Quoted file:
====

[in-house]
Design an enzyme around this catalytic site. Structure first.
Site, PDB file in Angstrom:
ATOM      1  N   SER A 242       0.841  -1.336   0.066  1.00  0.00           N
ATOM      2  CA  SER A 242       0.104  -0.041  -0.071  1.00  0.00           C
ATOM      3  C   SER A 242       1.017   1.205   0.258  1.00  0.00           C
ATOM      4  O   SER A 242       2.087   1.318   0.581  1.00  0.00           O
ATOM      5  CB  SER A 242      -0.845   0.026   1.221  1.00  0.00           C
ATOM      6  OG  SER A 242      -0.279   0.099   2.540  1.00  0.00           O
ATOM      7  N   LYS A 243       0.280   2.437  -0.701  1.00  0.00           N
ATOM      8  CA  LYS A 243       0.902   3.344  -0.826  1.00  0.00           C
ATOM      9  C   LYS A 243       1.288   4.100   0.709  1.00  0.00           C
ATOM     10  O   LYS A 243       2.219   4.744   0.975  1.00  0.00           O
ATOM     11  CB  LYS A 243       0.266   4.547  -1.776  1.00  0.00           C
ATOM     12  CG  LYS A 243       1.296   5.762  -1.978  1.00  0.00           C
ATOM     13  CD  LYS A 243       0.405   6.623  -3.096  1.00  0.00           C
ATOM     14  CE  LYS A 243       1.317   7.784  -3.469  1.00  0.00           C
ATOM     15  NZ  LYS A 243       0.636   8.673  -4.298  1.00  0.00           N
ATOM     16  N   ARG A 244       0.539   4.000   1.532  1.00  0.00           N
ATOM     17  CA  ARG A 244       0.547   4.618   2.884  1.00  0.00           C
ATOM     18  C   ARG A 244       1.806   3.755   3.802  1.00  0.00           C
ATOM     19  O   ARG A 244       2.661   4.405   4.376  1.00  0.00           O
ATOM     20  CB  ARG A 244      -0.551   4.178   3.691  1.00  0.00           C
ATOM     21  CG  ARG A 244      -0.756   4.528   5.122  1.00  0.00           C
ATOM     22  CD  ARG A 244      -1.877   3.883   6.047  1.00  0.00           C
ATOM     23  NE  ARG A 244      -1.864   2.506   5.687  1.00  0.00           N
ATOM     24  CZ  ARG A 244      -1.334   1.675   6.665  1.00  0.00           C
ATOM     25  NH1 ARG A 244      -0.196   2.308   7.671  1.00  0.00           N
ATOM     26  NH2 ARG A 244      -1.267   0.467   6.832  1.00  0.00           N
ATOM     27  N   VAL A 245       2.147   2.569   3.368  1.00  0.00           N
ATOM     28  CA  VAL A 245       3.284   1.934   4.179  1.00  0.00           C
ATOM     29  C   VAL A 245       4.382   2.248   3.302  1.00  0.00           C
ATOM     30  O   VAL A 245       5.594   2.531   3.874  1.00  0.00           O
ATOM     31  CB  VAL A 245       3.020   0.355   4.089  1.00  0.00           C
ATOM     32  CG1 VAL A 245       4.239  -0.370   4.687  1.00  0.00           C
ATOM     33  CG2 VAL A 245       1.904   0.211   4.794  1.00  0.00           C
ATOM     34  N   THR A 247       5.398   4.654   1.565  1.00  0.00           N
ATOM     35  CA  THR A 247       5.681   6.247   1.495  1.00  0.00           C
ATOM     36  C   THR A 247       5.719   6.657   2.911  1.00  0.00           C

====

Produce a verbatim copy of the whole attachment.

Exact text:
[in-house]
Design an enzyme around this catalytic site. Structure first.
Site, PDB file in Angstrom:
ATOM      1  N   SER A 242       0.841  -1.336   0.066  1.00  0.00           N
ATOM      2  CA  SER A 242       0.104  -0.041  -0.071  1.00  0.00           C
ATOM      3  C   SER A 242       1.017   1.205   0.258  1.00  0.00           C
ATOM      4  O   SER A 242       2.087   1.318   0.581  1.00  0.00           O
ATOM      5  CB  SER A 242      -0.845   0.026   1.221  1.00  0.00           C
ATOM      6  OG  SER A 242      -0.279   0.099   2.540  1.00  0.00           O
ATOM      7  N   LYS A 243       0.280   2.437  -0.701  1.00  0.00           N
ATOM      8  CA  LYS A 243       0.902   3.344  -0.826  1.00  0.00           C
ATOM      9  C   LYS A 243       1.288   4.100   0.709  1.00  0.00           C
ATOM     10  O   LYS A 243       2.219   4.744   0.975  1.00  0.00           O
ATOM     11  CB  LYS A 243       0.266   4.547  -1.776  1.00  0.00           C
ATOM     12  CG  LYS A 243       1.296   5.762  -1.978  1.00  0.00           C
ATOM     13  CD  LYS A 243       0.405   6.623  -3.096  1.00  0.00           C
ATOM     14  CE  LYS A 243       1.317   7.784  -3.469  1.00  0.00           C
ATOM     15  NZ  LYS A 243       0.636   8.673  -4.298  1.00  0.00           N
ATOM     16  N   ARG A 244       0.539   4.000   1.532  1.00  0.00           N
ATOM     17  CA  ARG A 244       0.547   4.618   2.884  1.00  0.00           C
ATOM     18  C   ARG A 244       1.806   3.755   3.802  1.00  0.00           C
ATOM     19  O   ARG A 244       2.661   4.405   4.376  1.00  0.00           O
ATOM     20  CB  ARG A 244      -0.551   4.178   3.691  1.00  0.00           C
ATOM     21  CG  ARG A 244      -0.756   4.528   5.122  1.00  0.00           C
ATOM     22  CD  ARG A 244      -1.877   3.883   6.047  1.00  0.00           C
ATOM     23  NE  ARG A 244      -1.864   2.506   5.687  1.00  0.00           N
ATOM     24  CZ  ARG A 244      -1.334   1.675   6.665  1.00  0.00           C
ATOM     25  NH1 ARG A 244      -0.196   2.308   7.671  1.00  0.00           N
ATOM     26  NH2 ARG A 244      -1.267   0.467   6.832  1.00  0.00           N
ATOM     27  N   VAL A 245       2.147   2.569   3.368  1.00  0.00           N
ATOM     28  CA  VAL A 245       3.284   1.934   4.179  1.00  0.00           C
ATOM     29  C   VAL A 245       4.382   2.248   3.302  1.00  0.00           C
ATOM     30  O   VAL A 245       5.594   2.531   3.874  1.00  0.00           O
ATOM     31  CB  VAL A 245       3.020   0.355   4.089  1.00  0.00           C
ATOM     32  CG1 VAL A 245       4.239  -0.370   4.687  1.00  0.00           C
ATOM     33  CG2 VAL A 245       1.904   0.211   4.794  1.00  0.00           C
ATOM     34  N   THR A 247       5.398   4.654   1.565  1.00  0.00           N
ATOM     35  CA  THR A 247       5.681   6.247   1.495  1.00  0.00           C
ATOM     36  C   THR A 247       5.719   6.657   2.911  1.00  0.00           C